NEW YORK (CelebrityAccess) Heath Miller, formerly the buyer for New York City’s Webster Hall and founder of concert promotion company Excess dB Entertainment, was recently named director of booking for the historic, 3,400-capacity United Palace in Manhattan.
The performance facility, the fourth-largest in Manhattan, is church-owned and known as a non-profit cultural and performing arts center. Its neighborhood of Washington Heights has risen in prominence with the help of the red-hot Lin-Manuel Miranda, whose musical “In The Heights” is being adapted to film.
The venue has hosted acts like Lenny Kravitz, Bad Bunny, Mumford & Sons, Sam Smith, Lorde and John Legend.
“We are absolutely thrilled to have Heath Miller join the team at the United Palace. We believe Heath’s vast experience in the industry will positively impact the already very popular events we offer at the Palace.” said Reverend Heather Shea, the Spiritual Director and Chief Executive Officer of the United Palace.
CelebrityAccess talked to Miller about his new role.
What are your expectations for the next year?
The obvious goal is to book more shows. I want to do that by retaining and growing what they’ve already been booking in house and with outside promoters as well as expanding to new genres and events. I think now is a good time for this, with growth in the neighborhood up here and, with Hudson Yards opening up, which is planting more people right off the A-train makes it a beneficial time.
I don’t think the things events that would go here would go to The Shed in Hudson Yards, normally, so we would be providing different programming without competing.
We definitely plan to expand into doing more country. We’ve done some country up here but minimally, such as a Lady Antebellum show up here through PBS’s Artists Den.
What would be some of the things that would set this venue apart from competitors?
We’re much more cost-effective being that we’re non-union versus similar options in the market. We’re right by the George Washington Bridge. We’re uptown. The George Washington Bridge gets more car traffic each day than the other two main entrances from New Jersey to the city combined – actually double the volume of traffic across the GWB than the other two entrances combined.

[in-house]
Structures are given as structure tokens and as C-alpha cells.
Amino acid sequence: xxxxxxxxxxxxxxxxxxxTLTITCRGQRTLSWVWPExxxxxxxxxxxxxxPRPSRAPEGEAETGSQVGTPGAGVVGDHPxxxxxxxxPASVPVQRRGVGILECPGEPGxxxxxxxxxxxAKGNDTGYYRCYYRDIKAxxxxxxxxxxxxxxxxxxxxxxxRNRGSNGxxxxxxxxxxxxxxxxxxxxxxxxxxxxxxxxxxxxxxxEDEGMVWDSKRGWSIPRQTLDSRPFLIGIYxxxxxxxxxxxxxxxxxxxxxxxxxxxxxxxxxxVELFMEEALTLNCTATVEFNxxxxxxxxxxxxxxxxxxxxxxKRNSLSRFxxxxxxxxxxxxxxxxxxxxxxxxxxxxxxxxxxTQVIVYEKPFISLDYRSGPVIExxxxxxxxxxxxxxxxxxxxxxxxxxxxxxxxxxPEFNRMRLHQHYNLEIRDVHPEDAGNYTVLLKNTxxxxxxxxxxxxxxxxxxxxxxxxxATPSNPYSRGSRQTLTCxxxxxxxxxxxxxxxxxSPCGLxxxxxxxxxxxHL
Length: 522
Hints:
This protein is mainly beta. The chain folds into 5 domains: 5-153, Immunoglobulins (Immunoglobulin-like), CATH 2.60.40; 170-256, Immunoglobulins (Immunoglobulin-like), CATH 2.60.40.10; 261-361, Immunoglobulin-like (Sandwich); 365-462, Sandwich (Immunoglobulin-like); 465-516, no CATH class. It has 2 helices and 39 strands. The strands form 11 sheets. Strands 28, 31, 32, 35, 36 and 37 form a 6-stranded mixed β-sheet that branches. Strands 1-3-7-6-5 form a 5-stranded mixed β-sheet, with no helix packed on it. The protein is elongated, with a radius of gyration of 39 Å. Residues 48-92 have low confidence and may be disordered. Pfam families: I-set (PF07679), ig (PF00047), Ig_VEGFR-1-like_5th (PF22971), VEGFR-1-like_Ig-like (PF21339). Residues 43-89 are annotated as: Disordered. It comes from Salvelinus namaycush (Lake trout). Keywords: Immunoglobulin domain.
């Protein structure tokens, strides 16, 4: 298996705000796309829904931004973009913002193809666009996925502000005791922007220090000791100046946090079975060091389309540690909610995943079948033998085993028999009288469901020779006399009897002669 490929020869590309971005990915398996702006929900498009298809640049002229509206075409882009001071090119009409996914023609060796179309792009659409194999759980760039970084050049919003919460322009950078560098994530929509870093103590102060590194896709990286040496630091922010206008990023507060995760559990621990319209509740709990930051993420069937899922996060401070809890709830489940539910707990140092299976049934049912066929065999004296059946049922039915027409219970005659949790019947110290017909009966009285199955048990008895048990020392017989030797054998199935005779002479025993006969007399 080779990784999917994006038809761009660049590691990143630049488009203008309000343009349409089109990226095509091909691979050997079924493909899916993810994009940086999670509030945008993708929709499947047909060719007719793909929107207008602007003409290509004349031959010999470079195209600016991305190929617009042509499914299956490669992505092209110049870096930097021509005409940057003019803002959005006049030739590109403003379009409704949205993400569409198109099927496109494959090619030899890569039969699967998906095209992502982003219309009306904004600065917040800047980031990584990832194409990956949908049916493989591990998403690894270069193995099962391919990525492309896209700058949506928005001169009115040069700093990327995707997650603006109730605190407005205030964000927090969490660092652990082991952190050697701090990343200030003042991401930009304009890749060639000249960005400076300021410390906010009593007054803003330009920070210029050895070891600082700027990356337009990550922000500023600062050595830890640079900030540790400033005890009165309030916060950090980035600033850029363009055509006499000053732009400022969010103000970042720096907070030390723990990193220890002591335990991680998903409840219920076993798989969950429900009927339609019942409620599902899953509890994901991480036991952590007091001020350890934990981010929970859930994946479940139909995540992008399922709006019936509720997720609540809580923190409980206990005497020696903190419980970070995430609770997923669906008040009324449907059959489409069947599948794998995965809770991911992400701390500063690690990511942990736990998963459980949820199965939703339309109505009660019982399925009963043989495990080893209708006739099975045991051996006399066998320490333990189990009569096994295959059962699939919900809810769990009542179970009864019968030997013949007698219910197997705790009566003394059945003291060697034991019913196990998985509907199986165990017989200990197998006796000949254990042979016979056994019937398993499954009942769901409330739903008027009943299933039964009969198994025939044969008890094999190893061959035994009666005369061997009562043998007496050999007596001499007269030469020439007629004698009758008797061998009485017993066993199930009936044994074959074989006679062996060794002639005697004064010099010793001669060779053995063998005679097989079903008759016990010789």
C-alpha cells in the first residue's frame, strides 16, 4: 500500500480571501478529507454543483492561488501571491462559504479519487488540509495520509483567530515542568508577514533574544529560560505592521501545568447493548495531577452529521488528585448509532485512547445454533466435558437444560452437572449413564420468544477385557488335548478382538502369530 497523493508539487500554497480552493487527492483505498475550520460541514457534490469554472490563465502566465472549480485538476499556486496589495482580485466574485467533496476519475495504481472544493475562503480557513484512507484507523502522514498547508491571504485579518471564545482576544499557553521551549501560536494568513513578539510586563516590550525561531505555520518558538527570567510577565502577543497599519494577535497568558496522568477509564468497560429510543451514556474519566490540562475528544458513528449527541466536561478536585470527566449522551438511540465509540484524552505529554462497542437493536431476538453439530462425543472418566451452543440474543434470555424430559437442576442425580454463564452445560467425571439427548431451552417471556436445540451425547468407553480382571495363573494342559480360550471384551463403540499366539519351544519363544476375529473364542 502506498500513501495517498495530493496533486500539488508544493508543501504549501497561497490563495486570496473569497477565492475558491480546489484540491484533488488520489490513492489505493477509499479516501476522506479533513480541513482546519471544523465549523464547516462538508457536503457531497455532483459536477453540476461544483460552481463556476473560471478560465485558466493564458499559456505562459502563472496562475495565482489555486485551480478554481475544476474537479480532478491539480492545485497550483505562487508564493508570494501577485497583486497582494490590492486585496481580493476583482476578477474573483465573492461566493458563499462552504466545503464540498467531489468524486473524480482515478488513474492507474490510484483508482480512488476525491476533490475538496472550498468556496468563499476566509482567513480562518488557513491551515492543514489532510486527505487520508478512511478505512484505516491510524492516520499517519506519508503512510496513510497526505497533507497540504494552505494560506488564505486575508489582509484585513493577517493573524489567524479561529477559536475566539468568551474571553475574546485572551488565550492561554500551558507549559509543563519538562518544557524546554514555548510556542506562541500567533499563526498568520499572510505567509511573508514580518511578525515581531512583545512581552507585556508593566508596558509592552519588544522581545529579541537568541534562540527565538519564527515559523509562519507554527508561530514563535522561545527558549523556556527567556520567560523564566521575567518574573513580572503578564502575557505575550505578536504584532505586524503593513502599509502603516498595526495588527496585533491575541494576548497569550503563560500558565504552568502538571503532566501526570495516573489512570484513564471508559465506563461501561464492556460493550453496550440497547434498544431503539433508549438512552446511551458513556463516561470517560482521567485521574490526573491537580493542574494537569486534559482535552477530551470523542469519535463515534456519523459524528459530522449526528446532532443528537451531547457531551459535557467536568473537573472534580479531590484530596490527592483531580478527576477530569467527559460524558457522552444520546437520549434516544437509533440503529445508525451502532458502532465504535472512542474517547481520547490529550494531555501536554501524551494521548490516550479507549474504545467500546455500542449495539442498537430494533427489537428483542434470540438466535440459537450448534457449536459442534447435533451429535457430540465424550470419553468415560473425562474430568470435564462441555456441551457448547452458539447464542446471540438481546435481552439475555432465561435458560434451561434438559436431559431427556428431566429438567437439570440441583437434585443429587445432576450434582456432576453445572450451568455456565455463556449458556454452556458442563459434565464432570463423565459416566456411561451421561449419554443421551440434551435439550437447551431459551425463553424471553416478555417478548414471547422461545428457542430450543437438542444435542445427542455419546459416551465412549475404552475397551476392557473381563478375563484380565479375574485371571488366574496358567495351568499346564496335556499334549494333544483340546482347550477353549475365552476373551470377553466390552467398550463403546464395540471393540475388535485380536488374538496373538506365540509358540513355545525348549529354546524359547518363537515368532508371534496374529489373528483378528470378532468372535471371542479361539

We have two nights of Nicky Jam coming up, one of the recent Latin crossover acts, and they have an extremely deep history of the Latin superstars of today playing here. There are some exciting things in the works; let’s leave it at that. They will hopefully be announced shortly after this article.
Anything, in particular, you would want to mention about the facility?
The venue’s been here for just under 90 years. It’s one of the five Loew’s Wonder Theatres. Unlike some of the others, this one was very well preserved so when they’ve done renovations it’s more about restoring the original details and touching up paint than recreating. A lot of the other theatres like this were so badly maintained that they had to be a re-creation, not a restoration.
Given that, this one has better preservation of the rich history of the Loew’s Wonder Theatres. It’s shockingly well-maintained.
Where do you see yourself in the next year, as far as programming?
Hopefully, I’ll have [my second industry award] by then, or for a nomination for the “theater of the year” in the next year or two.
The reception I’ve gotten from the industry has been very positive. People seem very pleased to have someone here, in house, who comes from the world of booking concerts because the venue is owned by a church. People here know what they’re doing but it’s also about just speaking the language better and understanding the reasons why sometimes shows haven’t gone here or why some of the shows that have come here, knowing what was in that decision-making process.
Sometimes you want that marquee play, being at a certain venue because of its name-value or location or some other tie-in specific to that venue as opposed to here.